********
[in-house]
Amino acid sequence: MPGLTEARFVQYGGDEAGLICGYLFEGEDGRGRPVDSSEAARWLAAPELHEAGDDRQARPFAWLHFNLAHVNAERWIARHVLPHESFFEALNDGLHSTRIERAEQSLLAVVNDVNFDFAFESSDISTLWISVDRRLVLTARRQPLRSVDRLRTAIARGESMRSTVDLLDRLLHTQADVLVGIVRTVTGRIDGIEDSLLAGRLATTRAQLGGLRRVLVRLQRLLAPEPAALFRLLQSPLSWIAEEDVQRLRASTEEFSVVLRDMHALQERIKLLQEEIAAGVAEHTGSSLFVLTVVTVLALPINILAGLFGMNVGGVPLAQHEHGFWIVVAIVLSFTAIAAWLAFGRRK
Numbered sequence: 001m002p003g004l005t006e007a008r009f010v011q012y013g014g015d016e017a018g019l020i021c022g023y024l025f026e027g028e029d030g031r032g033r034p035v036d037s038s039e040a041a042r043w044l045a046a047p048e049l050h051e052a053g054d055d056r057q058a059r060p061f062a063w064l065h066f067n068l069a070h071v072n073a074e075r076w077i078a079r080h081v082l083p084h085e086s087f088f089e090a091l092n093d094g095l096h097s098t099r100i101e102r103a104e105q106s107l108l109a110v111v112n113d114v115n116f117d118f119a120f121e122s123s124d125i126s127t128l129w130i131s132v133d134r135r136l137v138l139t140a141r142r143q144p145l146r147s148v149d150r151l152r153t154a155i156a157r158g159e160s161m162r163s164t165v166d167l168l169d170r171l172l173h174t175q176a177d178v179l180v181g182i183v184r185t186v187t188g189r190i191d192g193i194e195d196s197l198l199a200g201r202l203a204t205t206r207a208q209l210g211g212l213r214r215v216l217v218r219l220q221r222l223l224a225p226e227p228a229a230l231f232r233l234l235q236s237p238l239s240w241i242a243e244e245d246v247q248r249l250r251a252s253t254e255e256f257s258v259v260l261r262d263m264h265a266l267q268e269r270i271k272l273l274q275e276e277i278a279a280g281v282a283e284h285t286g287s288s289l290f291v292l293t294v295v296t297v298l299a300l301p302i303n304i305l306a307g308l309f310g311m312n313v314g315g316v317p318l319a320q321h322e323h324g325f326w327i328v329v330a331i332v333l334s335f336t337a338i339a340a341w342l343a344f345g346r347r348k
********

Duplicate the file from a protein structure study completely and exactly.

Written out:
[in-house]
Amino acid sequence: MPGLTEARFVQYGGDEAGLICGYLFEGEDGRGRPVDSSEAARWLAAPELHEAGDDRQARPFAWLHFNLAHVNAERWIARHVLPHESFFEALNDGLHSTRIERAEQSLLAVVNDVNFDFAFESSDISTLWISVDRRLVLTARRQPLRSVDRLRTAIARGESMRSTVDLLDRLLHTQADVLVGIVRTVTGRIDGIEDSLLAGRLATTRAQLGGLRRVLVRLQRLLAPEPAALFRLLQSPLSWIAEEDVQRLRASTEEFSVVLRDMHALQERIKLLQEEIAAGVAEHTGSSLFVLTVVTVLALPINILAGLFGMNVGGVPLAQHEHGFWIVVAIVLSFTAIAAWLAFGRRK
Numbered sequence: 001m002p003g004l005t006e007a008r009f010v011q012y013g014g015d016e017a018g019l020i021c022g023y024l025f026e027g028e029d030g031r032g033r034p035v036d037s038s039e040a041a042r043w044l045a046a047p048e049l050h051e052a053g054d055d056r057q058a059r060p061f062a063w064l065h066f067n068l069a070h071v072n073a074e075r076w077i078a079r080h081v082l083p084h085e086s087f088f089e090a091l092n093d094g095l096h097s098t099r100i101e102r103a104e105q106s107l108l109a110v111v112n113d114v115n116f117d118f119a120f121e122s123s124d125i126s127t128l129w130i131s132v133d134r135r136l137v138l139t140a141r142r143q144p145l146r147s148v149d150r151l152r153t154a155i156a157r158g159e160s161m162r163s164t165v166d167l168l169d170r171l172l173h174t175q176a177d178v179l180v181g182i183v184r185t186v187t188g189r190i191d192g193i194e195d196s197l198l199a200g201r202l203a204t205t206r207a208q209l210g211g212l213r214r215v216l217v218r219l220q221r222l223l224a225p226e227p228a229a230l231f232r233l234l235q236s237p238l239s240w241i242a243e244e245d246v247q248r249l250r251a252s253t254e255e256f257s258v259v260l261r262d263m264h265a266l267q268e269r270i271k272l273l274q275e276e277i278a279a280g281v282a283e284h285t286g287s288s289l290f291v292l293t294v295v296t297v298l299a300l301p302i303n304i305l306a307g308l309f310g311m312n313v314g315g316v317p318l319a320q321h322e323h324g325f326w327i328v329v330a331i332v333l334s335f336t337a338i339a340a341w342l343a344f345g346r347r348k